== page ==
From the Desk of the Associate Editor: Utility of a PrCa Urinary Biomarker in Active Surveillance

The proof of concept for the utility of urinary biomarkers to predict biopsy outcome was published in 2003 by Hessels et al, which subsequently led to the launch of the PCA3 test in 2007.  The test was mostly used for repeat biopsy decisions, to which also the FDA approval in 2012 was confined. The potential utility in active surveillance settings was suggested by many and in their recent paper Tosoain et al study the value of a first PCA3 outcome (fPCA3) and a subsequent PCA3 test (sPCA3) to predict Grade Reclassification (GR) in men on active surveillance.

In 11% of the 260 men grade was reclassified (> GS 6), and the median value of both the fPCA3, as well as, sPCA3 was significantly higher in the GR cases. Another interesting point was the longitudinal trend in PCA3 values. So far, despite more than 400 paper published on PCA3, none report on longitudinal measurements of PCA3. The longitudinal (increase in log(PCA3)year-1) did not show any significant change between the two groups (GR + versus -). In summary both in univariate and multivariate models f- and sPCA3 show incremental prognostic information.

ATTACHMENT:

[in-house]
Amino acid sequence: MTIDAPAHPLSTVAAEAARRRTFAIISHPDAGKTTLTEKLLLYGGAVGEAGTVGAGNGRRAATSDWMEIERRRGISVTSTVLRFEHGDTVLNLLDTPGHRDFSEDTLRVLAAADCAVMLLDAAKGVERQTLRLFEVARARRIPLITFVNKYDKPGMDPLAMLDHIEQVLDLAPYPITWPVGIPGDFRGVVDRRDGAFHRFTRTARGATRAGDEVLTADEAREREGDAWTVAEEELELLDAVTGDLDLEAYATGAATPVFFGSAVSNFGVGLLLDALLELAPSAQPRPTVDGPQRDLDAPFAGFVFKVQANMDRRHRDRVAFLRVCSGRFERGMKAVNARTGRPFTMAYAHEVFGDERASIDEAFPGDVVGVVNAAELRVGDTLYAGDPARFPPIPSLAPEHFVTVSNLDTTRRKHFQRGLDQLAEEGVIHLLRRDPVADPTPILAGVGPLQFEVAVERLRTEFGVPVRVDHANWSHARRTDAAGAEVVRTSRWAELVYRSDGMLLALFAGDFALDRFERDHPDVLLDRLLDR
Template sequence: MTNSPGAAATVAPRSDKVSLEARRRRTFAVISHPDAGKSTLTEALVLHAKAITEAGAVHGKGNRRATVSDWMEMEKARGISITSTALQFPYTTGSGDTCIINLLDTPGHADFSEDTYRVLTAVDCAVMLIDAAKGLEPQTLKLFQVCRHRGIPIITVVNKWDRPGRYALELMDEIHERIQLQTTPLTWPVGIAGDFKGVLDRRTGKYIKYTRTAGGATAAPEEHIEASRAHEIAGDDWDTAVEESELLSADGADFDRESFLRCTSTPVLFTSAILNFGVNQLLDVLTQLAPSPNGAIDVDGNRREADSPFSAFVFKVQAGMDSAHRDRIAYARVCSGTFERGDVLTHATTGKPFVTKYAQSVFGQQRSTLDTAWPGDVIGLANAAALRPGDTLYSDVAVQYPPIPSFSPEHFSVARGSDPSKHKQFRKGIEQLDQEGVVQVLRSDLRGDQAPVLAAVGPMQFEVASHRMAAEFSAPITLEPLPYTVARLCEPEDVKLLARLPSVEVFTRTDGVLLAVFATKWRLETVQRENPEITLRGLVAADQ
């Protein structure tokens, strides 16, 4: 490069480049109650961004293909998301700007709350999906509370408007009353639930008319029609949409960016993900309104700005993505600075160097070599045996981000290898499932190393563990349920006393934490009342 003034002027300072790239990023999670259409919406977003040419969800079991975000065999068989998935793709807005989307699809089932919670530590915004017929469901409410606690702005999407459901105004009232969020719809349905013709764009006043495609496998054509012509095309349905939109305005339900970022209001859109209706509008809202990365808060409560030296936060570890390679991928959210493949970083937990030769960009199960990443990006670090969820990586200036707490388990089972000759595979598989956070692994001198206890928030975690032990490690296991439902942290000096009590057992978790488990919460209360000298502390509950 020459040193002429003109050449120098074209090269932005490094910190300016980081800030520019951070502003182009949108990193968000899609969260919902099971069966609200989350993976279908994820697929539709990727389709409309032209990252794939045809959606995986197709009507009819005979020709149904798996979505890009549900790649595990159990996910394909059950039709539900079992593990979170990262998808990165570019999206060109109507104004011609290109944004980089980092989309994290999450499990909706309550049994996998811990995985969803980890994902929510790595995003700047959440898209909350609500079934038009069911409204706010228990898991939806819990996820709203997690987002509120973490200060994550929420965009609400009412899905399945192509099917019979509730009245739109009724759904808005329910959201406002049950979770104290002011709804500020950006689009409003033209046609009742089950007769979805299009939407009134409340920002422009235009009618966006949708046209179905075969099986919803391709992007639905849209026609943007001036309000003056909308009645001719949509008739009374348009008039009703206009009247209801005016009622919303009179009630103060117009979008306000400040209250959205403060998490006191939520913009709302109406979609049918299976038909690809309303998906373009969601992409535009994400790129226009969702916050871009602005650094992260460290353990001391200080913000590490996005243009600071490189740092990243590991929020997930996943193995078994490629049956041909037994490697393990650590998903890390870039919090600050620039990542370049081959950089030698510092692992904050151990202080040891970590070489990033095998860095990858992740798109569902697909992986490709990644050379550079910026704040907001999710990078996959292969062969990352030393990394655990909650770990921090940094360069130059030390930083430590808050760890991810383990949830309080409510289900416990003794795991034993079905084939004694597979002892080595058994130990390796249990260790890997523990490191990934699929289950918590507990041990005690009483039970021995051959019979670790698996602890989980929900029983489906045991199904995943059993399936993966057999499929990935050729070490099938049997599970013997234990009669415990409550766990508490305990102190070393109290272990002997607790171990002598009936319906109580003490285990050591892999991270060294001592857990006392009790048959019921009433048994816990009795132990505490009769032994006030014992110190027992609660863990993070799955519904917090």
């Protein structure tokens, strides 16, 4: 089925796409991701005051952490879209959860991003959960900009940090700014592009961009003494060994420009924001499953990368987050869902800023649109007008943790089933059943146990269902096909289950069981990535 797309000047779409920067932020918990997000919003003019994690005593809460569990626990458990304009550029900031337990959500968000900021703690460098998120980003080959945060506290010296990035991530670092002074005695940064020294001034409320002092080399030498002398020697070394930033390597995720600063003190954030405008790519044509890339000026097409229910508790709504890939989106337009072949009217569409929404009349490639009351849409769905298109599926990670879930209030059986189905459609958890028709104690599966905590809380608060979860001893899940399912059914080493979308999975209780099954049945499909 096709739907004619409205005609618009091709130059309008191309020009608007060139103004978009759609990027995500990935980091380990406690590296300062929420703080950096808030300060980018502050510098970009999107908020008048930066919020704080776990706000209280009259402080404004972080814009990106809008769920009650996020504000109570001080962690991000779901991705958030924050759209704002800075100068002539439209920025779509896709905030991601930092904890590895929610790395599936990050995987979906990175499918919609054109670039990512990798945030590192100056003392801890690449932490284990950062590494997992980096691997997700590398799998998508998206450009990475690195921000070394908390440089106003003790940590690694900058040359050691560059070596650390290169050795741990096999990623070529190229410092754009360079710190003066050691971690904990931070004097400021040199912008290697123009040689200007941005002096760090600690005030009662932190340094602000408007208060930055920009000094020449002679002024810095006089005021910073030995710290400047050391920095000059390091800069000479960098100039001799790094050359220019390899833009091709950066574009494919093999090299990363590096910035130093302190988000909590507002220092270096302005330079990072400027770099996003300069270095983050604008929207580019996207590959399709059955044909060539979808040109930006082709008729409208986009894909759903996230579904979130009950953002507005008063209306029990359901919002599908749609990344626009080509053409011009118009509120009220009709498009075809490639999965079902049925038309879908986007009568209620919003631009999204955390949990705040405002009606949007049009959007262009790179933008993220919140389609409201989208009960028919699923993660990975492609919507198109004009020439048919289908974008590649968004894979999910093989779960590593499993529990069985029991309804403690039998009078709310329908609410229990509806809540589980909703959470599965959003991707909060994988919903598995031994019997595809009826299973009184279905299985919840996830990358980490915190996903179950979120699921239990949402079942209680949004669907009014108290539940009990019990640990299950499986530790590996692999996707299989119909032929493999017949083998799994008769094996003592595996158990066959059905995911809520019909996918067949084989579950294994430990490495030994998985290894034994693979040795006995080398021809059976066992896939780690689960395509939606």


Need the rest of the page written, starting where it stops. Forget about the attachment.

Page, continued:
Interestingly, whereas the diagnostic value of PCA3 has been confirmed by the vast majority of studies, equivocal data on the prognostic value of PCA3 were reported. More recently, a prognostic urinary risk score was developed based on genes which were overexpressed in high-grade PrCa (HOXC6 and DLX1).  Active Surveillance studies in which the value of this urinary biomarker-based risk classifier is evaluated are eagerly awaited.

Written by: Jack A Schalken, Ph.D., Biochemist, Director of urological research, and Professor of experimental urology at Radboud University Medical Center, Nijmegen 

Read the PCAN Full-Text Article: Longitudinal Assessment Of Urinary PCA3 for Predicting Prostate Cancer Grade Reclassification In Favorable-Risk Men During Active Surveillance

1. Longitudinal assessment of urinary PCA3 for predicting prostate cancer grade reclassification in favorable-risk men during active surveillance. J J Tosoian, H D Patel, M Mamawala, P Landis, S Wolf, D J Elliott, J I Epstein, H B Carter, A E Ross, L J Sokoll & C P Pavlovich Prostate Cancer and Prostatic Diseases volume 20, pages 339–342 (2017)
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